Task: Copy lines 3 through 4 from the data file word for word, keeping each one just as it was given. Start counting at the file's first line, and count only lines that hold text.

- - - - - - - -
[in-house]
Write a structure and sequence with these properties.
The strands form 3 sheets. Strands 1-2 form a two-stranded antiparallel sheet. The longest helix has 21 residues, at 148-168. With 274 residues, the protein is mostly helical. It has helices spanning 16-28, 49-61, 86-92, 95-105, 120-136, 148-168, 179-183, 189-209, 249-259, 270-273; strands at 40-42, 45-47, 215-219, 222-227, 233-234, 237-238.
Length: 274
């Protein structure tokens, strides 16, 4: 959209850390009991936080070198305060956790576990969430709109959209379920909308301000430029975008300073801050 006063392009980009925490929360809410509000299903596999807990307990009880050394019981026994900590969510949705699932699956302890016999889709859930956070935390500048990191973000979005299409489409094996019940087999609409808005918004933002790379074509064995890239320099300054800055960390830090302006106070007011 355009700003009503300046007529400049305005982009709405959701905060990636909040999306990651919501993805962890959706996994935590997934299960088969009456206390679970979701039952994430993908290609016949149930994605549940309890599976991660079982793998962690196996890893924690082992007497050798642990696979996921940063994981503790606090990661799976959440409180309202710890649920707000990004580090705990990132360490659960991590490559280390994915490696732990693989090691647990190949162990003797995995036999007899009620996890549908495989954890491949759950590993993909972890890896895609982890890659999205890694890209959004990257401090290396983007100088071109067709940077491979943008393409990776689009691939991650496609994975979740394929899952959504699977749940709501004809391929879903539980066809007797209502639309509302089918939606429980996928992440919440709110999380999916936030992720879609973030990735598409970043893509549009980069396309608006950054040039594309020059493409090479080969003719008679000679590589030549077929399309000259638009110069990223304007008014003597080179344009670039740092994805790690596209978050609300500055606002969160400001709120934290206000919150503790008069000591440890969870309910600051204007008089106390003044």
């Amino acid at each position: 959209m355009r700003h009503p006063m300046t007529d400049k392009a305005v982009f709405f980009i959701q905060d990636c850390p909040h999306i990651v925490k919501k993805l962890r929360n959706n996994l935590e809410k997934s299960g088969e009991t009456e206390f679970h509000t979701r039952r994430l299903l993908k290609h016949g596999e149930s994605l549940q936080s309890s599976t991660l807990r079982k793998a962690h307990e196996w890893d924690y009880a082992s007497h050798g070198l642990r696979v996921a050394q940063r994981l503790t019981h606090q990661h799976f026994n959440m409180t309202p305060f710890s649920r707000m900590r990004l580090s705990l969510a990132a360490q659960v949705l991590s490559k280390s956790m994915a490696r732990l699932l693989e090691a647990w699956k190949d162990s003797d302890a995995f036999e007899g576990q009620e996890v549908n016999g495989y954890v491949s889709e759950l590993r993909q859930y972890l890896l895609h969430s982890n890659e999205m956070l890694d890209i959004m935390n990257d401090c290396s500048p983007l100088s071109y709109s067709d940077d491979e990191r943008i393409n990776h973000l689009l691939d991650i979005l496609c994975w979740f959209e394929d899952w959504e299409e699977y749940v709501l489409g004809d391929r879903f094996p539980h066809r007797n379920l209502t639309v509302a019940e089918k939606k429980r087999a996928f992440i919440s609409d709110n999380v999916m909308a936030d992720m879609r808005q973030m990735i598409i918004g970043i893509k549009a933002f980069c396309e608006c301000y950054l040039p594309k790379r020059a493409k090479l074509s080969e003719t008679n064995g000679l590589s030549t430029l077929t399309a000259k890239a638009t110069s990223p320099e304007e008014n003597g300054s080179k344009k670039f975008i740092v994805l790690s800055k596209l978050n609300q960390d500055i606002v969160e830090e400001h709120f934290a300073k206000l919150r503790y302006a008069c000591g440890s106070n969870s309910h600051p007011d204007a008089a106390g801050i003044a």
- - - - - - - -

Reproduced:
The strands form 3 sheets. Strands 1-2 form a two-stranded antiparallel sheet. The longest helix has 21 residues, at 148-168. With 274 residues, the protein is mostly helical. It has helices spanning 16-28, 49-61, 86-92, 95-105, 120-136, 148-168, 179-183, 189-209, 249-259, 270-273; strands at 40-42, 45-47, 215-219, 222-227, 233-234, 237-238.
Length: 274